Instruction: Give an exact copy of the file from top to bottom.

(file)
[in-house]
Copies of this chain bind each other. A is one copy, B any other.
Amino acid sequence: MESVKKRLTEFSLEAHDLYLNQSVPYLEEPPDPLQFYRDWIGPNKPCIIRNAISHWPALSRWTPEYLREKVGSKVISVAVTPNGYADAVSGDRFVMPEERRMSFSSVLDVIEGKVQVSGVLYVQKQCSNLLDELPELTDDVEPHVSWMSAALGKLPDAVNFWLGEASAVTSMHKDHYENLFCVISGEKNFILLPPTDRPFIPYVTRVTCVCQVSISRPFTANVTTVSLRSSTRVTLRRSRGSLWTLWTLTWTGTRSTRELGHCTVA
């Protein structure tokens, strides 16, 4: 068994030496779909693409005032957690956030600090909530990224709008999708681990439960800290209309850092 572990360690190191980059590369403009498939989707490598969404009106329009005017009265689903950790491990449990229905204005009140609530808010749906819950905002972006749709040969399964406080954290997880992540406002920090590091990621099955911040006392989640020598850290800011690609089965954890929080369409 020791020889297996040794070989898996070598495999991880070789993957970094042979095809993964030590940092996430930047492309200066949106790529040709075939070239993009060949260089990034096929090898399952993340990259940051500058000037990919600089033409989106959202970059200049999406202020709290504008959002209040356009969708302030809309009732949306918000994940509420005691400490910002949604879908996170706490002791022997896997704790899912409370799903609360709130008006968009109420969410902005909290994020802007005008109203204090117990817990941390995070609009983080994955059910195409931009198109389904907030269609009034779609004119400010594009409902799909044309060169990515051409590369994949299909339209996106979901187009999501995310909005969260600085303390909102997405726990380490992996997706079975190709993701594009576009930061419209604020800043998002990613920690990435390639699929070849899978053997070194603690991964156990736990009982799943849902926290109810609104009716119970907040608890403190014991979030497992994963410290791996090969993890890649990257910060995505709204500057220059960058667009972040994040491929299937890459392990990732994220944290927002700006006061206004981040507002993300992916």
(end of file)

[in-house]
Copies of this chain bind each other. A is one copy, B any other.
Amino acid sequence: MESVKKRLTEFSLEAHDLYLNQSVPYLEEPPDPLQFYRDWIGPNKPCIIRNAISHWPALSRWTPEYLREKVGSKVISVAVTPNGYADAVSGDRFVMPEERRMSFSSVLDVIEGKVQVSGVLYVQKQCSNLLDELPELTDDVEPHVSWMSAALGKLPDAVNFWLGEASAVTSMHKDHYENLFCVISGEKNFILLPPTDRPFIPYVTRVTCVCQVSISRPFTANVTTVSLRSSTRVTLRRSRGSLWTLWTLTWTGTRSTRELGHCTVA
């Protein structure tokens, strides 16, 4: 068994030496779909693409005032957690956030600090909530990224709008999708681990439960800290209309850092 572990360690190191980059590369403009498939989707490598969404009106329009005017009265689903950790491990449990229905204005009140609530808010749906819950905002972006749709040969399964406080954290997880992540406002920090590091990621099955911040006392989640020598850290800011690609089965954890929080369409 020791020889297996040794070989898996070598495999991880070789993957970094042979095809993964030590940092996430930047492309200066949106790529040709075939070239993009060949260089990034096929090898399952993340990259940051500058000037990919600089033409989106959202970059200049999406202020709290504008959002209040356009969708302030809309009732949306918000994940509420005691400490910002949604879908996170706490002791022997896997704790899912409370799903609360709130008006968009109420969410902005909290994020802007005008109203204090117990817990941390995070609009983080994955059910195409931009198109389904907030269609009034779609004119400010594009409902799909044309060169990515051409590369994949299909339209996106979901187009999501995310909005969260600085303390909102997405726990380490992996997706079975190709993701594009576009930061419209604020800043998002990613920690990435390639699929070849899978053997070194603690991964156990736990009982799943849902926290109810609104009716119970907040608890403190014991979030497992994963410290791996090969993890890649990257910060995505709204500057220059960058667009972040994040491929299937890459392990990732994220944290927002700006006061206004981040507002993300992916």